This soft, melt in the mouth Namoura – Lebanese semolina cake – is a wonderful soft semolina sponge soaked in a sweet, fragrant orange blossom water syrup. This delicious cake is perfect with strong coffee, or served with a scoop of ice cream for dessert.
What is Namoura?
Lebanese Namoura, also referred to as Basbousa in Egypt and Libya, and Revani in Turkey and Greece, is a sweet semolina cake with a fragrant sugar syrup. This soft Middle Eastern dessert has a lovely texture due to the use of semolina in the cake batter, making it pleasantly slightly grainier than using plain wheat flour. Once baked, the cake is is soaked in a simple syrup, a little like a drizzle cake, to make it extra moist and sweet.
Why we love this recipe
- This cake recipe produces a soft and moist semolina cake. The semolina adds a lovely texture and the finished cake is drenched in syrup, making it sticky and moist.
- This easy cake recipe with yogurt is soft and light, and is a great recipe to use up leftover yogurt.
- This Middle Eastern semolina slice is sweet but not too sweet. After testing various recipes and finding them too sweet for my tastes (Lebanese Namoura can traditionally be very sweet!) I have reduced the quantities of sugar in the cake and syrup.
- Like my chocolate orange drizzle cake, this is an eggless cake recipe.
Ingredients notes and substitutions
- Semolina – ground durum wheat. You can buy coarse semolina and fine semolina. Use coarse to make Lebanese namoura. In Australia use semolina and not semolina flour.
- Baking powder – to provide that lift to make a light cake.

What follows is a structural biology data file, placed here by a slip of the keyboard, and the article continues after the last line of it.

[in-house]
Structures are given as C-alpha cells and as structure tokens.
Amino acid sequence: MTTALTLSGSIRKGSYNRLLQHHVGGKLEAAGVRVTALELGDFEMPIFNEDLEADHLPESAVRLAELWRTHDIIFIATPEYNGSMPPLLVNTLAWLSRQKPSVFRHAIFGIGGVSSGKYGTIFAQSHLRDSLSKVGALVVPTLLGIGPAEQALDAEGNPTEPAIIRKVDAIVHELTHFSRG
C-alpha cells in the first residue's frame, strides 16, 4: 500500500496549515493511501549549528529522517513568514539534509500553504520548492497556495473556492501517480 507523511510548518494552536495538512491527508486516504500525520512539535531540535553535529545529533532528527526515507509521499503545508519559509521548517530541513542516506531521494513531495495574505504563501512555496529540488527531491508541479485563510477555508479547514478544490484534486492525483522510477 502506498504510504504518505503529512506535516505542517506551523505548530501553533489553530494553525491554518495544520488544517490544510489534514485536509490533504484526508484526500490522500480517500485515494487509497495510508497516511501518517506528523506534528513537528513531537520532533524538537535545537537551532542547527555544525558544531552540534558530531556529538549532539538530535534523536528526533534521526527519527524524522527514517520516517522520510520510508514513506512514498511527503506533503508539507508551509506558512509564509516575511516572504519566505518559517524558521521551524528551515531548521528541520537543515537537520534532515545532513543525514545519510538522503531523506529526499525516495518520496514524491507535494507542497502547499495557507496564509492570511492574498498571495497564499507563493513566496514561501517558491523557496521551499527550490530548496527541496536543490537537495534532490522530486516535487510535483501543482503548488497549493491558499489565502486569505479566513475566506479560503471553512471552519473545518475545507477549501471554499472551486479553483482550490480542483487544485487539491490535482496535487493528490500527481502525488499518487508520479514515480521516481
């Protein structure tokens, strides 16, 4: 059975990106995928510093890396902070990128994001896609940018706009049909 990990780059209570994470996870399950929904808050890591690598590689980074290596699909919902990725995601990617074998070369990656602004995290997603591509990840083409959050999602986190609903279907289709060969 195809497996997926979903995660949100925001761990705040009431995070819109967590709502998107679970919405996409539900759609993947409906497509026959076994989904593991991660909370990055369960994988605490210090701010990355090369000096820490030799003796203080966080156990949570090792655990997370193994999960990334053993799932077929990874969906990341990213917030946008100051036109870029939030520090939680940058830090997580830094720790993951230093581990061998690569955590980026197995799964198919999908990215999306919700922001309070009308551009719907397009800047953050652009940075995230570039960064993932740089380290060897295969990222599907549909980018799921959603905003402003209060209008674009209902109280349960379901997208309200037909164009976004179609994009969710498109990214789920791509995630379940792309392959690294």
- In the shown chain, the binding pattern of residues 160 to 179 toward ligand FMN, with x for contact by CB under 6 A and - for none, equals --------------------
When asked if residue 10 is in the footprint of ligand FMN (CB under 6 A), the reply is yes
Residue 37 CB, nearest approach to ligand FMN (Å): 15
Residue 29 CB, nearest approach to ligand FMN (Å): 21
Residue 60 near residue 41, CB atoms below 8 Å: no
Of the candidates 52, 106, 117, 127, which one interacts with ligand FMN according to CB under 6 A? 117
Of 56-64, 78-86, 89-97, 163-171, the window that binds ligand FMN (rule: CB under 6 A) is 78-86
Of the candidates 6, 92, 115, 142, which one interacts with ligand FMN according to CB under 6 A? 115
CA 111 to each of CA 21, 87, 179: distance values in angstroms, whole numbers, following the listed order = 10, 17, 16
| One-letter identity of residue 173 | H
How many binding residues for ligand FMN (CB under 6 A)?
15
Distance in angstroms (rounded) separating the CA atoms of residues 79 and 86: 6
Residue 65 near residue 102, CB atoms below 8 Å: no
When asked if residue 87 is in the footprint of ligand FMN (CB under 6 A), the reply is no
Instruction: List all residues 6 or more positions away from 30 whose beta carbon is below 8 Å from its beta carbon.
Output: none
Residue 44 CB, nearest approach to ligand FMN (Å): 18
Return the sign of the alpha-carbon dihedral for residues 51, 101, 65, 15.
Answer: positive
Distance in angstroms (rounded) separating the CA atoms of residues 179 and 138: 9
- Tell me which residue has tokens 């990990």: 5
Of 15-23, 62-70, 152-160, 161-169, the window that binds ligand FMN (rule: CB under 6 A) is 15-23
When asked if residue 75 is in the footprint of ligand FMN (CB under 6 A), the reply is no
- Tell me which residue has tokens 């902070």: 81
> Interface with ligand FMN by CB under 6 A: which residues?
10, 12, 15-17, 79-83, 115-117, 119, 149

- Yogurt – plain unsweetened yogurt. I like to use full fat Greek yogurt for flavour but you can use regular plain yogurt. Full fat is best for flavour and texture of the cake.
- Butter – unsalted butter. This adds a rich flavour to the cake so I recommend you use butter rather than margarine. The butter is melted before being added to the cake batter so no need for room temperature butter.
- Sugar – white sugar / granulated sugar is used in the cake, and caster sugar is used to make the syrup.
- Vanilla – vanilla bean pasta or extract.
- Blanched almonds – used to decorate the Namoura.
- Orange blossom water – orange flower water. This floral water is made from orange blossoms and is use in Middle Eastern cooking in both sweet and savoury dishes.
- Lemon juice – adds a slight sharpness to the flavoured syrup to balance the sweet rose water. To use up the rest of the lemon, add to a lemon chicken traybake or use in tuna pesto pasta.
How to make this semolina cake recipe
- Heat the sugar, water and lemon juice in a saucepan stirring until the sugar has dissolved, then turn the heat up and bring to a simmer. Simmer until thickened and syrupy, then add the orange blossom syrup.
- Melt the butter and add to a large mixing bowl with the semolina, baking powder, sugar, yogurt and vanilla.
- Mix until well combined.
- Spoon the mixture into a tin lined with baking paper and flatten down the top to create a smooth surface. Lightly mark into pieces.
- TIP: marking the cake in to pieces before cooking not only guides you to where to put the almonds, but it helps cutting the cake after it is cooked.
- Gently press a blanched almond into the middle of each diamond shape.
- Place in to the preheated oven to bake.
- Once the top of the cake is golden brown remove from the oven.
- Spoon the orange blossom syrup all over the top of the cake.
- Return to the oven and cook for 2 minutes, then leave to cool in the tin.
Semolina is made from durum wheat, and is mainly used for making couscous, pasta and desserts or cakes. It is especially popular throughout North Africa and the Middle East.